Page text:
Division of Assessments & Licenses

Bureau of Weights & Measures


The Bureau of Weights and Measures ensures that people and businesses pay fair and accurate prices, as well as protect them from deception. The Bureau achieves this by inspecting and sealing all weighing/ measuring devices, like the scales and scanners at the grocery store or pumps at the gas station. The Bureau also investigates consumer complaints about accuracy. When equipment is failing or inaccurate, the Bureau can issue violations and condemn equipment.

If you suspect that there is faulty or deceptive weighing or measuring equipment, contact the Bureau at 216.664.3388.

Helpful Consumer Information

Drivers can make sure they are charged the correct amount based on the posted price by noting the following:

  • The posted price on the street sign must be the same as the posted price on the gas pump for the grade and type of service selected (full serve, self-serve, cash/credit).
  • Before fueling, dollar and gallon amounts on the pump should be set to zero. The receipt should match the amount indicated on the pump, and motorists should take receipts with them.
  • Multiplying the gallons purchased by the price per gallon will ensure that the dispenser is correctly computing the price. This can be done at the station with the gallons indicated on the pump, or with the gallons indicated on the receipt.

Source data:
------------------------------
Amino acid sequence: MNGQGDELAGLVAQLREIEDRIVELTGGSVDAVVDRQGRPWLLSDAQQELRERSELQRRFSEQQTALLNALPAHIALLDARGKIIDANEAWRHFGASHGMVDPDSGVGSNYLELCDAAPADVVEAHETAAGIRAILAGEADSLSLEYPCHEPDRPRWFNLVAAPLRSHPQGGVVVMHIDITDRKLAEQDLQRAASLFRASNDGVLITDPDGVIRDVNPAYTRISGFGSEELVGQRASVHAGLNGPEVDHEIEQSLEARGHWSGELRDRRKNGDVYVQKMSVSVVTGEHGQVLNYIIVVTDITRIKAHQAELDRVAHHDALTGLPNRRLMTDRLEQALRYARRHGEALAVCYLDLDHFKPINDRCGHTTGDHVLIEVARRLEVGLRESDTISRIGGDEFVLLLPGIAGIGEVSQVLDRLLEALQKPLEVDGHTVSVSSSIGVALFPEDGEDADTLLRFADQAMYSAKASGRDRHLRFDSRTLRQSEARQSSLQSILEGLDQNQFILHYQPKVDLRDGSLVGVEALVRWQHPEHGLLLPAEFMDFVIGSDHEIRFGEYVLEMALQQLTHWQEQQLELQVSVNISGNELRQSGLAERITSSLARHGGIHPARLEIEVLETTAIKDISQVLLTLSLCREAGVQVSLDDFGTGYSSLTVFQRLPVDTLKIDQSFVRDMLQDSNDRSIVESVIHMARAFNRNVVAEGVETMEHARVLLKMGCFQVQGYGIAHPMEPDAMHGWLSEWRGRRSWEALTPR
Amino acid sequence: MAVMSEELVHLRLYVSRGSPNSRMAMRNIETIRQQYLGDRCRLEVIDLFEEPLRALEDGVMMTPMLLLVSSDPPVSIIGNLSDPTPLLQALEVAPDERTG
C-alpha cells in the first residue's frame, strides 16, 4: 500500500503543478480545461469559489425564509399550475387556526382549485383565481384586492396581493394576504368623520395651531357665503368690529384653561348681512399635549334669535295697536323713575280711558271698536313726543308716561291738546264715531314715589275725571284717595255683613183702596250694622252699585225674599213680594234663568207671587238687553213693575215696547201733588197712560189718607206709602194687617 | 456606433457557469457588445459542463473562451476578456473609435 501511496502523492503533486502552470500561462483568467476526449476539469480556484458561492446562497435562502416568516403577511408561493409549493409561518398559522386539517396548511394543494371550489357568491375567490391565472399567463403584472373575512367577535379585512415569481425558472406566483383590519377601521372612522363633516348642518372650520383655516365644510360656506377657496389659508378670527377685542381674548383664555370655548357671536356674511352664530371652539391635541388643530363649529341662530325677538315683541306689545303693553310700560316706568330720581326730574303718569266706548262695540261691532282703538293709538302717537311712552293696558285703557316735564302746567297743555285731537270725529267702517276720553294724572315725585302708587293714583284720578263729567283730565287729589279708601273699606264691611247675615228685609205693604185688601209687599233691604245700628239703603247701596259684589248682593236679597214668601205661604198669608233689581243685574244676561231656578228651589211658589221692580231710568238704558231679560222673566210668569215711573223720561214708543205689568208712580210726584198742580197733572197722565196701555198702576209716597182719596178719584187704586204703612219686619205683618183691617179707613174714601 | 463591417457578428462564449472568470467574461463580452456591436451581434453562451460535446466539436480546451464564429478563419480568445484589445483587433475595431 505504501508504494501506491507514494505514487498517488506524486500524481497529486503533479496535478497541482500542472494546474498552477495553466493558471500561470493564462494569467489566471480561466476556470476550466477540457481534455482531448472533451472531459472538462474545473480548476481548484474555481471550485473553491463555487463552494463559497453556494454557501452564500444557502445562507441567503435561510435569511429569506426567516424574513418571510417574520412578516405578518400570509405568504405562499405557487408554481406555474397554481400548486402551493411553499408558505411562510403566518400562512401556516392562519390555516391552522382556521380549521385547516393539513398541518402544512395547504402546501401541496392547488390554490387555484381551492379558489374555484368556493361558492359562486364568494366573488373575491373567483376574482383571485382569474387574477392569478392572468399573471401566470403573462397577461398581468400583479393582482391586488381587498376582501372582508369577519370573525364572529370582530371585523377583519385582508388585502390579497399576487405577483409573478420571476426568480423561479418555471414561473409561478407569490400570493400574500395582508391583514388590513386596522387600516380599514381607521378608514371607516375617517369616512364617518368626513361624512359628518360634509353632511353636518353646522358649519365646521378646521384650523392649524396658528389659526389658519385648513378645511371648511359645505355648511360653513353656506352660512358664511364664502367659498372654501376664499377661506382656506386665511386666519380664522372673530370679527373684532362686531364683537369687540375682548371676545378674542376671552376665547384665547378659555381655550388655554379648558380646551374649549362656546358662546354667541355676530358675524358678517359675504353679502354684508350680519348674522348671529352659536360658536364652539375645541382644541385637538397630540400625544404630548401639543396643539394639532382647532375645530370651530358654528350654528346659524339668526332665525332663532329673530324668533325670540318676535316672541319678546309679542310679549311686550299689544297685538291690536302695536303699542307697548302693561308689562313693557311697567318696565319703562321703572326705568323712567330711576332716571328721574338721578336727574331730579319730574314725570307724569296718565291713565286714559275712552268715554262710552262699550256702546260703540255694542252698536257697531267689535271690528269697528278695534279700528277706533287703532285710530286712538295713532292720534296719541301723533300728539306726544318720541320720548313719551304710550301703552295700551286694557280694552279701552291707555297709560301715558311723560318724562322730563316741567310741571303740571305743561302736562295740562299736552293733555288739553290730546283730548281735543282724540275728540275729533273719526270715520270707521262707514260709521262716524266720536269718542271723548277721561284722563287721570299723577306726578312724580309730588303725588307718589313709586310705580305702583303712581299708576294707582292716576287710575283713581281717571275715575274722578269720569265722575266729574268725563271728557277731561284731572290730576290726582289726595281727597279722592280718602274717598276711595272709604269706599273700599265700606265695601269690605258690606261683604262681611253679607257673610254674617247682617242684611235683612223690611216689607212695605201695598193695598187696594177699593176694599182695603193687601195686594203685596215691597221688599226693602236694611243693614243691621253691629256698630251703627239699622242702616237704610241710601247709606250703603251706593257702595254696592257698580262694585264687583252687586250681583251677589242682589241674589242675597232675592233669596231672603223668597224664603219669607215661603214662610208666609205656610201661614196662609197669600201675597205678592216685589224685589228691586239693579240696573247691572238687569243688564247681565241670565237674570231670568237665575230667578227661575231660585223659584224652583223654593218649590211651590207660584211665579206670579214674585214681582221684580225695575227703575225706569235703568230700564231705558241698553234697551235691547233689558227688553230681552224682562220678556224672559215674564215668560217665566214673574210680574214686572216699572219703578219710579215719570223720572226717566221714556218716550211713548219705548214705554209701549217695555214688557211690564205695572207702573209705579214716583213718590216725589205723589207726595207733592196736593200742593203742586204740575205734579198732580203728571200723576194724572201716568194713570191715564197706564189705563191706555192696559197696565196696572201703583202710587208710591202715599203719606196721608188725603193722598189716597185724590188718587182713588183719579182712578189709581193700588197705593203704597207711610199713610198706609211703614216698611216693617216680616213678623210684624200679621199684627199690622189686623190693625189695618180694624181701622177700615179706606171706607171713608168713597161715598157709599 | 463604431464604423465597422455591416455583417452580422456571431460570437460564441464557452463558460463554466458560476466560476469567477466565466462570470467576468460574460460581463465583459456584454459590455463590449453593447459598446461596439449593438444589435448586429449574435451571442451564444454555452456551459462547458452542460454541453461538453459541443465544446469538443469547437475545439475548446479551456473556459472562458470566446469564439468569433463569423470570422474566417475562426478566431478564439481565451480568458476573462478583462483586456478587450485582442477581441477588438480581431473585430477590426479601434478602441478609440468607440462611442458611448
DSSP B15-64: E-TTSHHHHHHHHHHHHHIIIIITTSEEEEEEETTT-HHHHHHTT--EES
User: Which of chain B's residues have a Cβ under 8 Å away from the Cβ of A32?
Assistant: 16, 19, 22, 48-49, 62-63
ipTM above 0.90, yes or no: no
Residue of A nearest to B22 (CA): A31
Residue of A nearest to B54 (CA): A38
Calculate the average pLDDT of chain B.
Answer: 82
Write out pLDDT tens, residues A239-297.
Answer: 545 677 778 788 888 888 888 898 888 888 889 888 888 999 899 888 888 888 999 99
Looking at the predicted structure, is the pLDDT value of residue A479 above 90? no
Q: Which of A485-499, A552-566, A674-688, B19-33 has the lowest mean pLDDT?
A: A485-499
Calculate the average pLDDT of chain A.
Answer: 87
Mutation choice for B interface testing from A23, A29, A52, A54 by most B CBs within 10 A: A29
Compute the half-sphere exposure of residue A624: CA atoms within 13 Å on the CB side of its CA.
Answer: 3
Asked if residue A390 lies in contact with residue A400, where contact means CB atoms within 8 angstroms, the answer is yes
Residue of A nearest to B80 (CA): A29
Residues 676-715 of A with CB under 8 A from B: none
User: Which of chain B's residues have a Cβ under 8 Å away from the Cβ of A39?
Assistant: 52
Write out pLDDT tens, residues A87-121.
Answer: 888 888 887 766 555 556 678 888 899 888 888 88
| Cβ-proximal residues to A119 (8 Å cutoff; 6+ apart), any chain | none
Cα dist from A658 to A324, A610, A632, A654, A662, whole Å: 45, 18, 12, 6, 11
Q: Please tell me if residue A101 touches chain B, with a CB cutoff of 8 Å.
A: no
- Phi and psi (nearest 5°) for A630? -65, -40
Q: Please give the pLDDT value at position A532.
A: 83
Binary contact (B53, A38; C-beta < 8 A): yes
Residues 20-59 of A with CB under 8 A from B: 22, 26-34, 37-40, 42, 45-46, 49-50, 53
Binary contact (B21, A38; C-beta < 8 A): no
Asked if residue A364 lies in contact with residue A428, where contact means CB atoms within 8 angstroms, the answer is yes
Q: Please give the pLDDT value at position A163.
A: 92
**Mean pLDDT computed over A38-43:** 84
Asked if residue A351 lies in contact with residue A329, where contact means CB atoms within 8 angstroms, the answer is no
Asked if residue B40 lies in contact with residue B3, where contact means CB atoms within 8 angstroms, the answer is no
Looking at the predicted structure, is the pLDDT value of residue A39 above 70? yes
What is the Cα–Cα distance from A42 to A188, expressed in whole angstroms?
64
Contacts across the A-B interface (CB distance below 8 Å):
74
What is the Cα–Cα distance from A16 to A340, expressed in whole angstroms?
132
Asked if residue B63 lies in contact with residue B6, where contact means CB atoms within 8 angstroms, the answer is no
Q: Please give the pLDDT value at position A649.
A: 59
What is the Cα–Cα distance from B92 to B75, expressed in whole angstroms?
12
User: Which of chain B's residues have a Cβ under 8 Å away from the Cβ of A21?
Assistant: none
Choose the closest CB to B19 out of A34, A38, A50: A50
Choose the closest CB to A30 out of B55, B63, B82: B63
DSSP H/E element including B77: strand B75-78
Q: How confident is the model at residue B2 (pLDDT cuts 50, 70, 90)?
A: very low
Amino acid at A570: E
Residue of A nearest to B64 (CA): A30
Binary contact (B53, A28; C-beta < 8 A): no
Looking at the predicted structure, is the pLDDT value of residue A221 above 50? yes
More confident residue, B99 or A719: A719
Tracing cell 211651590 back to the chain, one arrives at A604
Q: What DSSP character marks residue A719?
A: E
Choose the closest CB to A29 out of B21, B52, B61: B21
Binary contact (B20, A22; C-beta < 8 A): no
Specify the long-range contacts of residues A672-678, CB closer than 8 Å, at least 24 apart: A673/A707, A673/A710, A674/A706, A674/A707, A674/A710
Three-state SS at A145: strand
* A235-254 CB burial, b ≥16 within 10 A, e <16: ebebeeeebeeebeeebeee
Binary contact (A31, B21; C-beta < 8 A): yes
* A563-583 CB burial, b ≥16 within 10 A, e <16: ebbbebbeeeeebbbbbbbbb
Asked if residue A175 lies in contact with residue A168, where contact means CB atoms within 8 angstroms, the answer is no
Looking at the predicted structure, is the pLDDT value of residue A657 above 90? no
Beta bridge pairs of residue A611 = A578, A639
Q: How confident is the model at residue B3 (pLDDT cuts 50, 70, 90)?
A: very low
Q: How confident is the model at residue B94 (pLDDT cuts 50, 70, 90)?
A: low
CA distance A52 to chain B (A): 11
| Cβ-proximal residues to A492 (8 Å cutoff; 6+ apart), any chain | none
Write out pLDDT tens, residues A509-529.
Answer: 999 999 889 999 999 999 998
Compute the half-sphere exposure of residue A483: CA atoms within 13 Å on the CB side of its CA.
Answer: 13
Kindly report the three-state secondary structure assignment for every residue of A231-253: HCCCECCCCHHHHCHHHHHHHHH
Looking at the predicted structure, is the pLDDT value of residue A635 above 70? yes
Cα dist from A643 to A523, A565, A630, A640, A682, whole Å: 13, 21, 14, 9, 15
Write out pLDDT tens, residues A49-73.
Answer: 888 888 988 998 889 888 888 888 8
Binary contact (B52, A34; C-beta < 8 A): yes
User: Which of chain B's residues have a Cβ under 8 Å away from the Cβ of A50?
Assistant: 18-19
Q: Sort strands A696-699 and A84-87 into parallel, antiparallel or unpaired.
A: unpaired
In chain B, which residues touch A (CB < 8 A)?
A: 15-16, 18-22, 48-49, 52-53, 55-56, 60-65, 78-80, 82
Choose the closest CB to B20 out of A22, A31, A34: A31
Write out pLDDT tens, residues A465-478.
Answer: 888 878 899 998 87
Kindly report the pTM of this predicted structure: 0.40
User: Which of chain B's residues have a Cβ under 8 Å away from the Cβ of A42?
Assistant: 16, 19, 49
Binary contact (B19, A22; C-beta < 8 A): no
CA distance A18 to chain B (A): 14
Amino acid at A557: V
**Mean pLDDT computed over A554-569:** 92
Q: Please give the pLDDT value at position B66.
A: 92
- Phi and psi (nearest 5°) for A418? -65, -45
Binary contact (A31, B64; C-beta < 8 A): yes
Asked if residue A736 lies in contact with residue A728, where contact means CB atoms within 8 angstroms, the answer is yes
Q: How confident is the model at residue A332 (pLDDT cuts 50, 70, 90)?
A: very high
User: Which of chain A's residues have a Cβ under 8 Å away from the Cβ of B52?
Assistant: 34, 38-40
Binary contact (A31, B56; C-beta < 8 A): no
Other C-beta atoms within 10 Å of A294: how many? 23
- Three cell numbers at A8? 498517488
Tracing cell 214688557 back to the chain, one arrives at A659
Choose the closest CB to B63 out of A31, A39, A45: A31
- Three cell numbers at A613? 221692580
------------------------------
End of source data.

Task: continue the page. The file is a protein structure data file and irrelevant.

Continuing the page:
• The vehicle tank capacity in a car’s owner’s manual is only an estimate, and gas tanks may hold more than the stated capacity to allow for expansion of fuel in hot weather.

Patrons who have problems with Cleveland gas stations involving incorrect pricing or short volume should call the Bureau of Weights and Measures at 216.664.3388.

Shoppers can verify that a scale has been tested for accuracy if it features a City of Cleveland Bureau of Weights and Measures approval seal.

The net weight and total price indications should be set at zero before the product is weighed, and the correct price per pound should be entered into the scale. Inspectors check scales for accuracy according to weight.

In over-the-counter sales, the scales and their quantity value indicators must be in plain view of the consumer. 

Almost every product bears the Universal Product Code (UPC). This symbol, a series of numbers and vertical bars of varying thicknesses, is shorthand for product information. When a cashier passes the UPC symbol over an electronic scanner, a computer decodes the symbol and sends data to the register.  The price then appears on the display screen and the printed receipt.  

The price charged for the commodity must be the same as the advertised price. Inspectors randomly check items to ensure pricing accuracy in retail establishments.